Jeffrey Salkin: Martini Judaism Opinion

America is getting dumber by the minute

A kapo in a Nazi concentration camp. Credit: Wikipedia

I have received some pretty nasty insults regarding my Jewish identity in my life.

Anti-Semites have called me “kike,” “sheeny,” “mocky” — and even “bagel bender,” which won the award for creative hatefulness.

More observant Jews have called me a “goy” and “shaygets” (a gentile male). Sometimes, they have referred to the synagogues that I have led as churches. Once or twice, more observant Jews have called me an “apikoris,” which is an ancient, elegant term for a Jew who differs from traditional Jewish theology on certain key points.

I have always taken that one as a badge of honor. After all — if they called Baruch Spinoza an apikoris, who am I to complain?

Bring it on.

But, there is one insult that is getting thrown around a lot these days. And this one is, frankly, over the top.

Here is what happened.

I was in a Facebook discussion with another Jew, and we had a difference of opinion on a matter of Jewish history. He believed that the oppression of Jews in Muslim countries was the worst oppression that Jews have ever endured.

I suggested that, in fact, Jews in Muslim countries often had it better than Jews in Christian countries. Not all the time, of course; the situations of Jews in Muslim lands varied from time to time, and from place to place.

My conversation “partner” went ballistic. He violently disagreed with my historical assessment — which, let the record note, is shared by many significant Jewish historians.

No matter. He ran out of facts.

And so, he called me….a kapo.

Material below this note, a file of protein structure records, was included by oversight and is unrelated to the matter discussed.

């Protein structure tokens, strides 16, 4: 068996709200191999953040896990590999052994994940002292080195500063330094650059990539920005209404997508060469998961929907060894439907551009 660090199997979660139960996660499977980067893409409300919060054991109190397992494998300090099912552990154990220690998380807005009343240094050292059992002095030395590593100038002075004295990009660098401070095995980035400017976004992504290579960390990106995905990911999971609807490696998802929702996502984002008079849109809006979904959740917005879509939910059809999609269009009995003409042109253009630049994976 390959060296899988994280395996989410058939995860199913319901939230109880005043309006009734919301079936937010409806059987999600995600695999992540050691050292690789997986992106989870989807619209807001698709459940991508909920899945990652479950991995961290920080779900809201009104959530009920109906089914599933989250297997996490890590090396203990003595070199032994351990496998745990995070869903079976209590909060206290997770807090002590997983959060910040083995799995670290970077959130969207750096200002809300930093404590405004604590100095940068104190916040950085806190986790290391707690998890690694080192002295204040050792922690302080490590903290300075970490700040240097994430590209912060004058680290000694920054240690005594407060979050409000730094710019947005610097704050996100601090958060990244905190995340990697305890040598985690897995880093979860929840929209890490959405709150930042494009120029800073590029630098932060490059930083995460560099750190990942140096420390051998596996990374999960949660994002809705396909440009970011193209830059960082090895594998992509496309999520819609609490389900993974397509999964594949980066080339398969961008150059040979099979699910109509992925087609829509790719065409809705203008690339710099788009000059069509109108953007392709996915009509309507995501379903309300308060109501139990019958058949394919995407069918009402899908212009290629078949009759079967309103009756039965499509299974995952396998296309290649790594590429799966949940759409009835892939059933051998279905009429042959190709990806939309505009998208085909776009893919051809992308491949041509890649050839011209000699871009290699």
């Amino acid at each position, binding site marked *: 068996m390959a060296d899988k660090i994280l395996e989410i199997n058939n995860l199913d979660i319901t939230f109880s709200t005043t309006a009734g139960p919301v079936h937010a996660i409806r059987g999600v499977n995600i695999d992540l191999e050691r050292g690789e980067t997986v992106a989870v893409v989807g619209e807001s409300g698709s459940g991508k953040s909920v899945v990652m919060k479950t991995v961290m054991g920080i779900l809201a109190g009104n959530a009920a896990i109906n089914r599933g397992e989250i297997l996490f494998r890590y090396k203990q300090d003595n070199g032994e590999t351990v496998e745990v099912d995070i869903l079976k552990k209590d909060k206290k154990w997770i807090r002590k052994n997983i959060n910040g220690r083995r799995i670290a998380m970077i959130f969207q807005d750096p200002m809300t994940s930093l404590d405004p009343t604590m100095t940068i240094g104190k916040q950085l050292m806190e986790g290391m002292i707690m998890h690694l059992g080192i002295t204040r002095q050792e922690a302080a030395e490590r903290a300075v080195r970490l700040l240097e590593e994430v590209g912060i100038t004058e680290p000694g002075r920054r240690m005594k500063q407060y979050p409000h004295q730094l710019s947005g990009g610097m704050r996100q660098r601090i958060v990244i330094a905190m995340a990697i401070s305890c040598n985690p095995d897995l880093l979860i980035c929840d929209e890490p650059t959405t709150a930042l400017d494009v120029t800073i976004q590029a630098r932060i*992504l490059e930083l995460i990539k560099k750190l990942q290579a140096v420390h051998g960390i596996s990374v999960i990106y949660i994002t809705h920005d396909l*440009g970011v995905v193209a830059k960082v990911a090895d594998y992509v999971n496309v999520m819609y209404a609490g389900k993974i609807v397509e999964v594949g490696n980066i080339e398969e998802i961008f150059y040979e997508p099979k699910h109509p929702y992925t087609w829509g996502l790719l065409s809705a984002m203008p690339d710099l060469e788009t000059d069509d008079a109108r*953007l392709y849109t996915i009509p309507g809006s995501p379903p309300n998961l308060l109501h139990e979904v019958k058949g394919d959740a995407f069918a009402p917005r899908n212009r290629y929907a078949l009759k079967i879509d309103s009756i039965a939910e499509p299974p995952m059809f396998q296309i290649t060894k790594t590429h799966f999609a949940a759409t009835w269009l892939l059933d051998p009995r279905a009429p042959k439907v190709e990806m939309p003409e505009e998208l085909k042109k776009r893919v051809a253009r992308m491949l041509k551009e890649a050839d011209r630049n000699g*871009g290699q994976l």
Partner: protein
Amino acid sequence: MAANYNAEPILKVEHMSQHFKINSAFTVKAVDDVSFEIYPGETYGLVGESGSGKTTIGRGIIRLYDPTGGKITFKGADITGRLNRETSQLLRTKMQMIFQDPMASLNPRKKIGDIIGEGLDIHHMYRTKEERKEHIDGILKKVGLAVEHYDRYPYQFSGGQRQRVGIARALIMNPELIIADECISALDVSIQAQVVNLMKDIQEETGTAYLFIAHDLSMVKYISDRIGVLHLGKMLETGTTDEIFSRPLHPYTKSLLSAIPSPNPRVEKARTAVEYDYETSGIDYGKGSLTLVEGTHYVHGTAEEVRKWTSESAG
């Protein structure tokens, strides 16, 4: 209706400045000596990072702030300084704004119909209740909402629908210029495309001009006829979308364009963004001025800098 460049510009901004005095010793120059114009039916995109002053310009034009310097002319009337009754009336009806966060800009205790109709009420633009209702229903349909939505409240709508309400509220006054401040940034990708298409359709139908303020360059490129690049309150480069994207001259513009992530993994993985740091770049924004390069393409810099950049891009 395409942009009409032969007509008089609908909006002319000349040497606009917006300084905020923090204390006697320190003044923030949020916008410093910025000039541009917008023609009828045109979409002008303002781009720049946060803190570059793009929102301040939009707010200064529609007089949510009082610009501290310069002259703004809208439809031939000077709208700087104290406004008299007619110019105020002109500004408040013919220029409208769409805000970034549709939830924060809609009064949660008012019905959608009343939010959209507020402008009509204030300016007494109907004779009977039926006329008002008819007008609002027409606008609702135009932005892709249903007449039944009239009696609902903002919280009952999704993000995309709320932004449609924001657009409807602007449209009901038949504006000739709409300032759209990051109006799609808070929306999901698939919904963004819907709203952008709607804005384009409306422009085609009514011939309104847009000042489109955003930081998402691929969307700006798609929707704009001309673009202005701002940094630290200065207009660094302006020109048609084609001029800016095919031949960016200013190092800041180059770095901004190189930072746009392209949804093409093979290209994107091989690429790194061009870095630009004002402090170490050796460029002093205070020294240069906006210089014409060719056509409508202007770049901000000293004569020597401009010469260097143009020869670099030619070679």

What is a kapo?

Do you really need to ask?

The term “kapo” is a dark souvenir from the darkest time of Jewish history. It refers to concentration camp prisoners who were assigned by SS guards to supervise forced labor or carry out administrative tasks. If they were derelict, they would return to the status of ordinary prisoners and other kapos would victimize them. Many prisoner functionaries were recruited from the ranks of violent criminal gangs, and they were known to be brutal toward other prisoners. The whole purpose of the system was to turn victim against victim, as the prisoner functionaries were pitted against their fellow prisoners in order to maintain the favor of their SS guards.

In other words, if you have to make a list of the most unsavory, contemptible, and morally compromised Jews in history — the kapo goes to the top of the list.

Now, it is not as if I am alone in being assigned the kapo designation.

Jerusalem Post readers have attacked columnists Gershon Baskin and Uri Savir for espousing pro-peace views. Here’s one particularly lovely one: Let’s put it in simple words even a deluded madman like you or Kapo Baskin can comprehend; ANY JEW WHO WOULD DIVIDE JERUSALEM IS A TRAITOR TO HA’SHEM AND THE JEWISH PEOPLE. KAPO!!!”

And then, there’s the case of Eran Cohen, an undergraduate student at York University in England, who is a candidate for president of the UK’s largest student organization. Cohen supports the BDS movement and has been active in pro-Palestinian student groups. That has earned him the appellation of “kapo.”

I am, decidedly and vocally, absolutely opposed to the BDS movement. And yet, calling someone a “kapo” is simply off the charts.

I want to chalk this up to the general tenor of political discourse in this country, and around the world. One of the casualties of this most recent presidential campaign in the United States is nuance and reasoned argument. It reminds me of a cartoon that recently appeared in the New Yorker. The scene is a game show, “Facts Don’t Matter.” The emcee is saying: “I’m sorry, Jeannie, your answer was correct, but Kevin shouted his incorrect answer over yours, so he gets the point.”

And, in fact, this is the way that America is going.

On Wednesday, on NPR, Diane Rehm pressed Scottie Nell Hughes, a frequent surrogate for President-elect Donald Trump and a paid commentator for CNN during the campaign, about Trump’s recent evidence-free assertion on Twitter that he, not Hillary Clinton, would have won the popular vote if millions of immigrants had not voted illegally.